Redevelopment Demolition Continues in Central Market - Flower Stall to Close by March 2015

Redevelopment Demolition Continues in Central Market - Flower Stall to Close by March 2015

Flower stall woman, known as ”十十 (Sap Sap)," works hard from dawn to night.

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Section-by-section demolition has moved into the next phase near Central Market, one of the areas undergoing redevelopment in the Central district of Hong Kong. Outdoor markets and other businesses have begun closing up shop ahead of the next phase of the Central Oasis redevelopment project.

The area the government has targeted for redevelopment runs south on each side of Gage Street from Lan Fong Yuen, by the Central Mid-Levels Escalators, to Wellington Street. The project calls for the creation of a commercial multiplex near Queen's Road Central, with the Central Market Tower, a building used as a market until 2003, at its heart.

The entire south side of Gage Street, where it intersects with steep Peel Street and Staveley Street, will also be rezoned. Gage Street's image as an outdoor market lined with fruit and vegetable stands, noodle shops, butchers, fresh fish shops and bakeries on each side will disappear from its original form.

Although stores that are forced to relocate due to the redevelopment are compensated by the government, street stall vendors have no such assurances. A 52-year-old woman at a flower stall, said, "This place is where I was born and raised, and where my parents escaped from poverty." Her mother ran a general item stall here for 50 years. After school she would visit snack shops or play outside her family's stall. "There was a deeply-rooted custom in the community of supporting other businesses in the neighborhood, so we didn't undercut each other's prices." Development led to rising prices, and she remembers that "it became a different world for the people who lived here for so long." She added, "People's original purpose in setting up shop here was doing business, but we've always helped each other and made it to the next day because of that."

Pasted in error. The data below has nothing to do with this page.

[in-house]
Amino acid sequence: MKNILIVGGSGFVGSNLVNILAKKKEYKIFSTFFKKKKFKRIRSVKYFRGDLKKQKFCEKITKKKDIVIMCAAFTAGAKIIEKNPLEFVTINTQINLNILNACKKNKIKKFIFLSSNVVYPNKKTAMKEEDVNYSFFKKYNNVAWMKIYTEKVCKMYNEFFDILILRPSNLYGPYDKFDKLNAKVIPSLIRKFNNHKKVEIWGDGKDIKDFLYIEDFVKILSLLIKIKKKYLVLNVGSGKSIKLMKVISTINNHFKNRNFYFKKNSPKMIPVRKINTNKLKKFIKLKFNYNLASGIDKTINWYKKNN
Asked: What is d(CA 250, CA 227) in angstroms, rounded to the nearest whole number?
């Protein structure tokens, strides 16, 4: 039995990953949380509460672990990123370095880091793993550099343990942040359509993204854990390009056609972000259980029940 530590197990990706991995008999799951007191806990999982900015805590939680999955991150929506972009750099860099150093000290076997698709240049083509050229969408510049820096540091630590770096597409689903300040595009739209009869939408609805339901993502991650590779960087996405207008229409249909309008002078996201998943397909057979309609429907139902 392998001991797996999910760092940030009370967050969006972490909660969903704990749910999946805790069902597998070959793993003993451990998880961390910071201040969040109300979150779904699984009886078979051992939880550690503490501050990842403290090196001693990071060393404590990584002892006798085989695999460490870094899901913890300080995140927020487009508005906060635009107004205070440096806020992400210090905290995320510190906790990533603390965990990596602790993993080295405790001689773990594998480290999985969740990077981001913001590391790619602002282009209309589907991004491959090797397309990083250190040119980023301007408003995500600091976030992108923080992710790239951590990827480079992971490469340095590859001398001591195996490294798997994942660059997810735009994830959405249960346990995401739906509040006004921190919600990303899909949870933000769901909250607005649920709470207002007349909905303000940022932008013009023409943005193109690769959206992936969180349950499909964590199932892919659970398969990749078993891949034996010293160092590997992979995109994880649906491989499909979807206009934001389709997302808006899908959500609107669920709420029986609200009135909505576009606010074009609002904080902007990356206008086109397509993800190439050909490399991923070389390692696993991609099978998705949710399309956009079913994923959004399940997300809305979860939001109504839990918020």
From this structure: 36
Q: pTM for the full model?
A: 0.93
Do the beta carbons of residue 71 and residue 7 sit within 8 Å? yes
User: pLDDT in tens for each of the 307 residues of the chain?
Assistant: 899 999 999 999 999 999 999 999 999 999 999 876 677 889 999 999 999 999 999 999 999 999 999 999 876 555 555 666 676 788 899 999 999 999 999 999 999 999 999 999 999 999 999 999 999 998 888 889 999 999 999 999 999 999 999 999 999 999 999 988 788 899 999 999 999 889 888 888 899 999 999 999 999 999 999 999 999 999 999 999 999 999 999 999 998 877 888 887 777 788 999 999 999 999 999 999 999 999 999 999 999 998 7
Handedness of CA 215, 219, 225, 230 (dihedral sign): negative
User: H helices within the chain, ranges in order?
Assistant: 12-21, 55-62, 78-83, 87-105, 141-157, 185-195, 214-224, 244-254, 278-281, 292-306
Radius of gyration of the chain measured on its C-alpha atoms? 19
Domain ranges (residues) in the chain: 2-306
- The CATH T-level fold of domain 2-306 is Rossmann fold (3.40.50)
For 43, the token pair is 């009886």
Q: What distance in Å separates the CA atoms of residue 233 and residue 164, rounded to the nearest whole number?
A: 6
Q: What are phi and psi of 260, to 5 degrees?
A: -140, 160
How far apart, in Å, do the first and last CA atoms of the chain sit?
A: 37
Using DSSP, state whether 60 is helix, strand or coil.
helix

Over 70 percent of her customers are regulars. She said with a smile, "Many come to buy flowers on Friday so they can feel positive about starting a new week on Monday or feel good welcoming the weekend." She also said, "When I'm here I get asked about all kinds of things from tourists, like about nearby shops and taxi stands, so I'm like a guide for the street." Shi Shi's stall will remain until March 2015, and she plans to keep doing business there until then.



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